Integration

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Integration is a buzzword in mental health care, but what does it really mean? Such a plethora of definitions leads to a lack of clarity about what activities need to take place, where, and by whom to really make a difference in improved health for people with mental illness.

It turns out there are many great ideas for integration that just don’t work, including:

  • Screening in isolation
  • Telephone-based disease management
  • Solely focusing efforts on payment reform

Amidst the noise, the good news is that the weight of evidence points to an answer, the collaborative care model, pioneered by Dr. Jϋrgen Unϋtzer and his team at the University of Washington. More than 80 randomized controlled trials demonstrate the effectiveness of the collaborative care model for improving mental health outcomes across a range of settings.

All five pillars are required for the collaborative care model to be effective. Not three, not four. All five. When organizations successfully operationalize this model, numerous studies have pointed to improved outcomes and cost-savings, both for medical and behavioral health.

The collaborative care model constitutes five key components:

  1. Patient-centered team care
  2. Population-based care
  3. Measurement-based care
  4. Evidence-based care
  5. Accountable care

All five pillars are required for the collaborative care model to be effective. Not three, not four. All five. When organizations successfully operationalize this model, numerous studies have pointed to improved outcomes and cost-savings, both for medical and behavioral health. For example, one study comparing financial outcomes of clinics practicing collaborative care versus those that don’t, showed that while health care costs increased for all, the clinics practicing collaborative care experienced only 73 percent of the increase experienced by business-as-usual clinics, with a 54 percent decrease in ER utilization and a 49 percent decrease in inpatient psychiatric care.

Adoption of the model not yet common

Despite this compelling evidence, the collaborative care model has not yet reached widespread adoption in primary care settings. However, this reticence could change if CMS adopts a billing code for reimbursing the core activities of the collaborative care model. The collaborative care model is also supported by the American Psychiatric Association (APA).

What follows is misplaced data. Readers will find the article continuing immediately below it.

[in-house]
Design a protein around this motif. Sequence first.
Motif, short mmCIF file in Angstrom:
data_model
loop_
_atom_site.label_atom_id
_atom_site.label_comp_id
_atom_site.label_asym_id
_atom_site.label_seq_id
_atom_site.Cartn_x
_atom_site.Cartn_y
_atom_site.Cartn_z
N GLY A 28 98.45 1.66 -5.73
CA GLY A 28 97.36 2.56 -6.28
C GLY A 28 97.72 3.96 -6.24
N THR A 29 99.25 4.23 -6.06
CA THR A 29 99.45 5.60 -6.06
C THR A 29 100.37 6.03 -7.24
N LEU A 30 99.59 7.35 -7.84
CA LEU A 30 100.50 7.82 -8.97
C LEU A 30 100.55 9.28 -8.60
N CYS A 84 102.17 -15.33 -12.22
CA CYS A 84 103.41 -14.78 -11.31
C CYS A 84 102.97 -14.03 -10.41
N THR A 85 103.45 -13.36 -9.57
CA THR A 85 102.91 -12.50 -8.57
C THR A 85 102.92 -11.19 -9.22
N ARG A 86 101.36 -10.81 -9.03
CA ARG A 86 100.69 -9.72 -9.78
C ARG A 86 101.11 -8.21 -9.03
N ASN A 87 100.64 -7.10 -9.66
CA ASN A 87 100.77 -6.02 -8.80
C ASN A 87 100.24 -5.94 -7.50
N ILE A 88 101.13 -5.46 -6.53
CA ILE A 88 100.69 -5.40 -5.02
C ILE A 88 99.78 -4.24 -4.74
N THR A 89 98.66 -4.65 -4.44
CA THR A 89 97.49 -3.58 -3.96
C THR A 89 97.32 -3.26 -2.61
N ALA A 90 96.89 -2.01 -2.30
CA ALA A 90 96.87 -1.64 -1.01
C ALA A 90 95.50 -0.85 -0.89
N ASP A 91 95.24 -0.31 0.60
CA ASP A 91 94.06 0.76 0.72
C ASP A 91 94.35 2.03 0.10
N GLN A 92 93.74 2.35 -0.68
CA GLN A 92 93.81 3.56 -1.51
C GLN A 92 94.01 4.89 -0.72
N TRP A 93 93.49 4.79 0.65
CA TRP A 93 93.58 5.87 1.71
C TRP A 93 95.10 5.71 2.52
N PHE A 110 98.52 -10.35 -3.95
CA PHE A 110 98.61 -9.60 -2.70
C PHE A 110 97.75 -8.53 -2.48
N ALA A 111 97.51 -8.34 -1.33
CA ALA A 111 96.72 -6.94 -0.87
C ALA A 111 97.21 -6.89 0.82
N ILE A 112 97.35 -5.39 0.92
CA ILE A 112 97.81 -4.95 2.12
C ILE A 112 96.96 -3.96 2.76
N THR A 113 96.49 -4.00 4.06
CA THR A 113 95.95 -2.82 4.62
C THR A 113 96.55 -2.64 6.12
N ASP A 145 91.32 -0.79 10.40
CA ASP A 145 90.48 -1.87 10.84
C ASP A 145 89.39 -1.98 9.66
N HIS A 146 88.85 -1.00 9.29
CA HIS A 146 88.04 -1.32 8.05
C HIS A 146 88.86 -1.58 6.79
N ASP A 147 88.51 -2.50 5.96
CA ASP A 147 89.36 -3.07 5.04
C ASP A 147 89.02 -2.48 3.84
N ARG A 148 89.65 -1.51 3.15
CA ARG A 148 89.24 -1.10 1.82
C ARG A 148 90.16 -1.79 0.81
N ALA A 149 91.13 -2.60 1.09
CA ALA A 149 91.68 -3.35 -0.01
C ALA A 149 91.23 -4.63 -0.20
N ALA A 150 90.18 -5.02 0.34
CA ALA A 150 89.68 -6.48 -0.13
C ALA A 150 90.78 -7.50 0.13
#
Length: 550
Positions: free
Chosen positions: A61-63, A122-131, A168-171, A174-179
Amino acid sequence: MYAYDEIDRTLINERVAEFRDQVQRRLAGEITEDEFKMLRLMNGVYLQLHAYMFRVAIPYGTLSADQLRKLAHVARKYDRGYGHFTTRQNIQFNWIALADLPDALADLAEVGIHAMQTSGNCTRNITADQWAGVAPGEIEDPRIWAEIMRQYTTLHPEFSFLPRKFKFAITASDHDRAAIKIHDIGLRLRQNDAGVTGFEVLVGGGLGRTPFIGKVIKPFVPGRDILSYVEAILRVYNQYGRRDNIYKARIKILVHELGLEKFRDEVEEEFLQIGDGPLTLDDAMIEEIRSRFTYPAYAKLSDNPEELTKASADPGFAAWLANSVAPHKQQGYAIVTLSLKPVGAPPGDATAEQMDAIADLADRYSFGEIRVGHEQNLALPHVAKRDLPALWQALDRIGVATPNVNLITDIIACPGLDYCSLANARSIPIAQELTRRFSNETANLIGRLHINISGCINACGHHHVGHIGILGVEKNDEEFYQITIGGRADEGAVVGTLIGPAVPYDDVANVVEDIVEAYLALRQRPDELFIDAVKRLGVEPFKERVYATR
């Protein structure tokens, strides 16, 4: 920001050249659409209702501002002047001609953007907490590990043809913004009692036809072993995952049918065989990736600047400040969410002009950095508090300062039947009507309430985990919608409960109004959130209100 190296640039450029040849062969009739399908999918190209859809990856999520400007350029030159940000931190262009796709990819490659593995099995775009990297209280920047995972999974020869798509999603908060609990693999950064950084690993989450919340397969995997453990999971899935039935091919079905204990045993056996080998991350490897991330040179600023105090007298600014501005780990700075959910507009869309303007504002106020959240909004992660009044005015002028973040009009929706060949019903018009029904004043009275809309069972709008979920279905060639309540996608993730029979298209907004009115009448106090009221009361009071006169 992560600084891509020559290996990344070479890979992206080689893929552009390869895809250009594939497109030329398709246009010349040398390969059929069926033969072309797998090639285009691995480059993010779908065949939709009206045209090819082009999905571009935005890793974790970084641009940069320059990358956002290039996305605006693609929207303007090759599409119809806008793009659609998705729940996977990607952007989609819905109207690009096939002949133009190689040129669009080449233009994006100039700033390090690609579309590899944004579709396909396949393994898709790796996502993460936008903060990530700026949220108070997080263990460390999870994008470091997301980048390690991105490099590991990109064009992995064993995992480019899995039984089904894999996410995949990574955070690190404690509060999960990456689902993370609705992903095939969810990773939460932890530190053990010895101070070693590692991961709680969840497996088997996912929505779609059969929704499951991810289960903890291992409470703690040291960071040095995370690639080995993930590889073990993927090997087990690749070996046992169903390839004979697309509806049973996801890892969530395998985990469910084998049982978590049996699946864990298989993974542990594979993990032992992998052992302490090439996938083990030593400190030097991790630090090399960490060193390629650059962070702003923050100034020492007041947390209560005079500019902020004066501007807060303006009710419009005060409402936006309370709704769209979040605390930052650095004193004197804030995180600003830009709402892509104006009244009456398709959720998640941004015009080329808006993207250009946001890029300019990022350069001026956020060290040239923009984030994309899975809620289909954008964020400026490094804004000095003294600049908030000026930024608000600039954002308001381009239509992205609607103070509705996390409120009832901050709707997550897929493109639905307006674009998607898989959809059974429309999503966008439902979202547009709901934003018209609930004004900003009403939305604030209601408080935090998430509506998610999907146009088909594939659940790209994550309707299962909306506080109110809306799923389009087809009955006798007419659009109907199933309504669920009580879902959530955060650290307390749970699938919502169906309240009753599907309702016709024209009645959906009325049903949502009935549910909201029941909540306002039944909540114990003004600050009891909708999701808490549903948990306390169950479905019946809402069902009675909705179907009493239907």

Primary care is the “de facto” mental health system for the majority of mental illness. However, for folks with serious mental illness (SMI) who do not optimally engage with primary care, their primary relationship is more likely to lie with community mental health centers and other specialty settings. In this scenario, effective integration requires the colocation of primary care expertise and/or nurse practitioners to address the physical health comorbidities of people with SMI. The evidence base for this approach may be thin, but it is the right thing to do for this population.

Due to our multiple touch points across the continuum of care, Beacon Health Options is in a unique position to drive integration in specialty care as well as primary care settings. To learn more about the collaborative care model, and Beacon’s call to action for integration, we invite you to read our white paper on the topic, titled “Integration,” by clicking on the image.

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4 Comments. Leave new

Clarence Jordan
January 29, 2016 5:17 pm

Thank you for such a comprehensive look at what integration really means. I found your shout out to individuals with lived experience (peer specialist) to be profound indeed. Your topic heading of “social model of recovery” really hit the nail on the head. And in your “how do we know if care is working” well, you need only look at the number of individuals who for example are: effectively dealing with personal stigma; staying engage in treatment; developing meaningful support groups in addition to greater self efficacy to see it.

And, thanks again for the superb job you do at calling our attention to related topics: “What the Dr. Ordered” and “Time to Encourage Consumerism” which helps to support the “how we know if care is working.”

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[…] or a lack of education about depression. Several weeks ago, Beacon Health Options (Beacon) issued a white paper on what the evidence shows as the best approach to behavioral and physical health care integration. […]

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Excellent presentation at webinar today!! Great and useful information!! Extremely knowledgeable and skilled presenters. Thank you for the opportunity to be a part of the Beacon Health Options Integration webinar!!

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[…] that they are ahead of the curve in establishing what Beacon promoted in its recent white paper, “Integration:” the placement of behavioral health into primary care settings and vice versa – the placement […]

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